10 Good Things About Final Fantasy XIII
My flatmate got Final Fantasy XIII the other week, meaning I got to play it quite a bit – what, with me owning both the Playstation 3 and the HDTV the game runs on. Once again I will give you my complete undecided review: Today you’ll hear ten good things about the game, on Friday it’ll be ten bad things. As usual, neither of these lists aims to be exhaustive – they are just a collection of things that are bad/good ideas to have in your game. Find the good stuff below the break in no particular order.
I suppose I should mention that I’m by no means a Final Fantasy veteran. In fact my JRPG experience pretty much boils down to Secret of Mana and Chronotrigger. It is therefore quite possible that I mention things (good or bad) that are integral to the Final Fantasy franchise. For the purpose of these two posts I’ll treat the game as a complete stand-alone without 12 predecessors.
I really enjoyed the world the game is played in. The mixture of technology and magic is refreshingly different from most western RPGs and the world in general is just so bizarre. The enemies you are fighting mostly seem as if the instructions their designers got were “draw a monster” and “make it look interesting”. One moment you are fighting what looks like a pudding and a sweet pepper (though neither one could accurately be described as “sweet”), the next moment something that seems to be taken right out of a Transformers movie.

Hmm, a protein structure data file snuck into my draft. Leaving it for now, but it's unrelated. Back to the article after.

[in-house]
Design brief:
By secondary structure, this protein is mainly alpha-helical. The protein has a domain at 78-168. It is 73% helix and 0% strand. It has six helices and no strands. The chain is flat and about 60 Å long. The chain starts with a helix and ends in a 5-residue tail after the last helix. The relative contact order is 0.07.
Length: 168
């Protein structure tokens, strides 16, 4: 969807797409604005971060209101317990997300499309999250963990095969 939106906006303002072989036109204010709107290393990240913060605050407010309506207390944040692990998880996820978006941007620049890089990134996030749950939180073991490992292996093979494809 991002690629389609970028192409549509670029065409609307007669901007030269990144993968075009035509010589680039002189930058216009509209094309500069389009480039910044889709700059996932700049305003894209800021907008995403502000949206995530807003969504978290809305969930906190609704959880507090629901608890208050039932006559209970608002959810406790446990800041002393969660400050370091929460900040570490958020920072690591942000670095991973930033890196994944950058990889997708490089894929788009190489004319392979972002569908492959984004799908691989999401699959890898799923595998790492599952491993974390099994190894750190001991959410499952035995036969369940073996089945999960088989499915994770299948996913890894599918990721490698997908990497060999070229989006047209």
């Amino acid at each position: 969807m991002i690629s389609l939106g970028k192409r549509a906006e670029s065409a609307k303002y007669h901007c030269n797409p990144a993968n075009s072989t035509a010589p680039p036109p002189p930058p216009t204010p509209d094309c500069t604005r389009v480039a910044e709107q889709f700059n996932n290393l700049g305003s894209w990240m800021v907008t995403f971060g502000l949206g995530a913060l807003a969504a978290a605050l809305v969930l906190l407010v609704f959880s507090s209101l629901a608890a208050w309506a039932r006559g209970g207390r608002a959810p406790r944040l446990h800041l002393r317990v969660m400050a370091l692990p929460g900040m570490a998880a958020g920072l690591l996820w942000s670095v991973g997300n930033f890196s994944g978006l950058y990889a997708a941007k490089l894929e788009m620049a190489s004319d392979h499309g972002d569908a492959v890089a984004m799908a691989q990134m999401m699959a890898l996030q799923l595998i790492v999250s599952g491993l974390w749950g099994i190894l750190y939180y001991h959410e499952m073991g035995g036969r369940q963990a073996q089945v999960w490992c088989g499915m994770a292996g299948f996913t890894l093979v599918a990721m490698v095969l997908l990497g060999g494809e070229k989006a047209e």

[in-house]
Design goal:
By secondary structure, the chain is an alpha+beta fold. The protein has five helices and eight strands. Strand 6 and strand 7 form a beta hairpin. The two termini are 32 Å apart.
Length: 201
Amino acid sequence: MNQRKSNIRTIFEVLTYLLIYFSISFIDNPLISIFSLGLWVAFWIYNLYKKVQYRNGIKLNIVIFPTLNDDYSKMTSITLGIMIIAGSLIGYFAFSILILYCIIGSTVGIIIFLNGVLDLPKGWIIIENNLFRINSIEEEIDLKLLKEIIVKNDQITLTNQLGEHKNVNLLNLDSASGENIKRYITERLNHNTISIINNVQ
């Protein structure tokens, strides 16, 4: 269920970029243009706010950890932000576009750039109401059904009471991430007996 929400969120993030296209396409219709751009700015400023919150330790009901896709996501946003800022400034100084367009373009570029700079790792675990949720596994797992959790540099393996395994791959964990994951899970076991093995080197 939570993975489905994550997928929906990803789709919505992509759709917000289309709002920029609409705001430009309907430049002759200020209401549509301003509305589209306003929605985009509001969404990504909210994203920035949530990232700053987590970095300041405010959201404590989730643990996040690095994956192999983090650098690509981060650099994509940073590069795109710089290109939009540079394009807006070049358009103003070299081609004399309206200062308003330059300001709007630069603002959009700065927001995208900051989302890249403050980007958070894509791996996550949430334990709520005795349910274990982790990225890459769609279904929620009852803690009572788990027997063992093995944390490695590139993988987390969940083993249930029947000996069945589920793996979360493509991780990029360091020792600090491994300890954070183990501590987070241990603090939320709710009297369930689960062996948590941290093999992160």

The game hardly ever seeks to explain the world. Instead it seems as if the designers just added whatever they thought to be cool and interesting and put it into the game. This way the player never even expects realism to creep into the game and can never be disappointed when things don’t quite add up. The suspension of disbelief in the game comes almost as easy as in Alice in Wonderland. Both worlds being so bizarre that it is far easier to loose oneself in them as if they were real.
Roles and Paradigms